Indian officials leading a charge to identify illegal migrants in the north-eastern state of Assam have said that the process “is not targeting Muslims”.
Opposition parties have accused the ruling Hindu nationalist Bharatiya Janata Party (BJP) of destroying lives.
Four million people were excluded from the National Citizens Registry (NCR) list, which was published on Monday.
NCR head Prateek Hajela told the BBC that those left out “are people from different religions and groups”.
The NCR is a list of people who can prove that they arrived in Assam prior to 24 March 1971, before neighbouring Bangladesh declared independence. The exercise, in a state with a history of communal violence, has stirred controversy.
Mr Hajela, who was appointed by the Supreme Court to handle the NCR, told BBC Urdu’s Shakeel Akhtar that the process “is about a specific date and has got nothing to do with religion, caste or race”.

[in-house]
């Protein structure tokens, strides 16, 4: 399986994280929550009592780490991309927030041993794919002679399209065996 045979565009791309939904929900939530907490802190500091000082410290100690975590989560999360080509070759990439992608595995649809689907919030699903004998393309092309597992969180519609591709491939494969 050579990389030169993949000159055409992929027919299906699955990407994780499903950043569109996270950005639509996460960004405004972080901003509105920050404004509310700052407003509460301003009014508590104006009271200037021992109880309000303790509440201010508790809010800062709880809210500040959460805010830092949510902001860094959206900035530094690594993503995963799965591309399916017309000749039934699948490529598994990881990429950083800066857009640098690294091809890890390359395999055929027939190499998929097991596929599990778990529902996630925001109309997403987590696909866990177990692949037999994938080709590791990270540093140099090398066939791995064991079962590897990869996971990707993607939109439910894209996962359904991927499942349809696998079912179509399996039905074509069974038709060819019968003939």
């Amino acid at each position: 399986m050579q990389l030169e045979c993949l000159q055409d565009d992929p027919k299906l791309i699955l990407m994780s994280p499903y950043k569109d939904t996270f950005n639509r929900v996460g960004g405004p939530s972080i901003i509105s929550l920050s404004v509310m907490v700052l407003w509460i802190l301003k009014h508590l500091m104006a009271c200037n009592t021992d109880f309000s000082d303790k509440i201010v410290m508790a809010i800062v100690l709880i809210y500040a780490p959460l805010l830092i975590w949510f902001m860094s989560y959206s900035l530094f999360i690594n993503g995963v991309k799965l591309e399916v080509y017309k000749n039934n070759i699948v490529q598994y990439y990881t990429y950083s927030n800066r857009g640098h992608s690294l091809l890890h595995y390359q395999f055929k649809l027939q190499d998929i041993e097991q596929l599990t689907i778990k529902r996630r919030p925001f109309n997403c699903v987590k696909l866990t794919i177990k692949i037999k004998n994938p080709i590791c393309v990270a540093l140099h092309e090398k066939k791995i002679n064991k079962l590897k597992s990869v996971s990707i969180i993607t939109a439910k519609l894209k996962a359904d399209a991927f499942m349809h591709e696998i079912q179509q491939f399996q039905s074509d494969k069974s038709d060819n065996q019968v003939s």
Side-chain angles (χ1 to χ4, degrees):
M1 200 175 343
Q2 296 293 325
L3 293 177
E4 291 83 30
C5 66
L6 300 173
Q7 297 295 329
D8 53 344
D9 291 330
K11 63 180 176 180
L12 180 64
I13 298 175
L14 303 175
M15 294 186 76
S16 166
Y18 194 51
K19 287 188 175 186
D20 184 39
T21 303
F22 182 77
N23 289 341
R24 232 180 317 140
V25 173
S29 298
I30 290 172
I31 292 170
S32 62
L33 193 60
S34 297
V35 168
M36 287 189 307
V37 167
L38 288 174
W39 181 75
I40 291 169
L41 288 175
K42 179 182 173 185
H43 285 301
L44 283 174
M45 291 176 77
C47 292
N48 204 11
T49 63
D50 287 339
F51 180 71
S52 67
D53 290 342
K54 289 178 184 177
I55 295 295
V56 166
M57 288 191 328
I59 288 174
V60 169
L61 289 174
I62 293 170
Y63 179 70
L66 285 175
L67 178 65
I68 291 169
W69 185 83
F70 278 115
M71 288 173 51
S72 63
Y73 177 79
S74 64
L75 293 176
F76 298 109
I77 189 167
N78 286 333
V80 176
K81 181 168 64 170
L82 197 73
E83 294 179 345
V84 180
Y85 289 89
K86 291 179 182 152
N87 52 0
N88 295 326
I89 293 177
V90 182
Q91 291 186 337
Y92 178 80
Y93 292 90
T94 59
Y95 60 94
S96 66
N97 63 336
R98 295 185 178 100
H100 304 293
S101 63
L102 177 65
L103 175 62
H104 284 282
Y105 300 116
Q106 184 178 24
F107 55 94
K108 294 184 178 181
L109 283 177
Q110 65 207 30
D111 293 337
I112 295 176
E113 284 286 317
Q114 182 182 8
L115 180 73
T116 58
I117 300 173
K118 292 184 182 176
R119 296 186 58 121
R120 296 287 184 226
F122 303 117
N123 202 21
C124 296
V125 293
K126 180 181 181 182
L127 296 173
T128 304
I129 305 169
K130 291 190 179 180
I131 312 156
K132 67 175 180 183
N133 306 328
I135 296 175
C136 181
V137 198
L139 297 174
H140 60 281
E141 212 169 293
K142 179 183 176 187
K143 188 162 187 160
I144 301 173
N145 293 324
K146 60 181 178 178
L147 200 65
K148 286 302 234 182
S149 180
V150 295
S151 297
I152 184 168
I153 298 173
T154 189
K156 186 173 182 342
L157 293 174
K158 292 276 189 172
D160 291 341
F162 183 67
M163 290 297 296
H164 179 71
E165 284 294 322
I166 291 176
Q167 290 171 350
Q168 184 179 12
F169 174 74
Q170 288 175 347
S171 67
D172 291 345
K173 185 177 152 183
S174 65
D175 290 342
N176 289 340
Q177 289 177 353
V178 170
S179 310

But the opposition Congress party and some human rights groups have described it as an attempt to strip four million people, many of them Muslims, of their citizenship.
Critics have also alleged that the BJP government of Prime Minister Narendra Modi decided to publish the list for political purposes ahead of the general election next year.
However the Indian government has maintained the process is needed to root out illegal Bangladeshi migrants.
Home minister Rajnath Singh told the upper house of parliament that it was “fair and transparent” and that “no Indian citizen would be left out”.
Many Bengalis – a linguistic minority in Assam – are also worried they will be deported en masse.
But Mr Hajela said the list was not final and those excluded can appeal as well as submit “fresh documents” to claim citizenship in the coming months.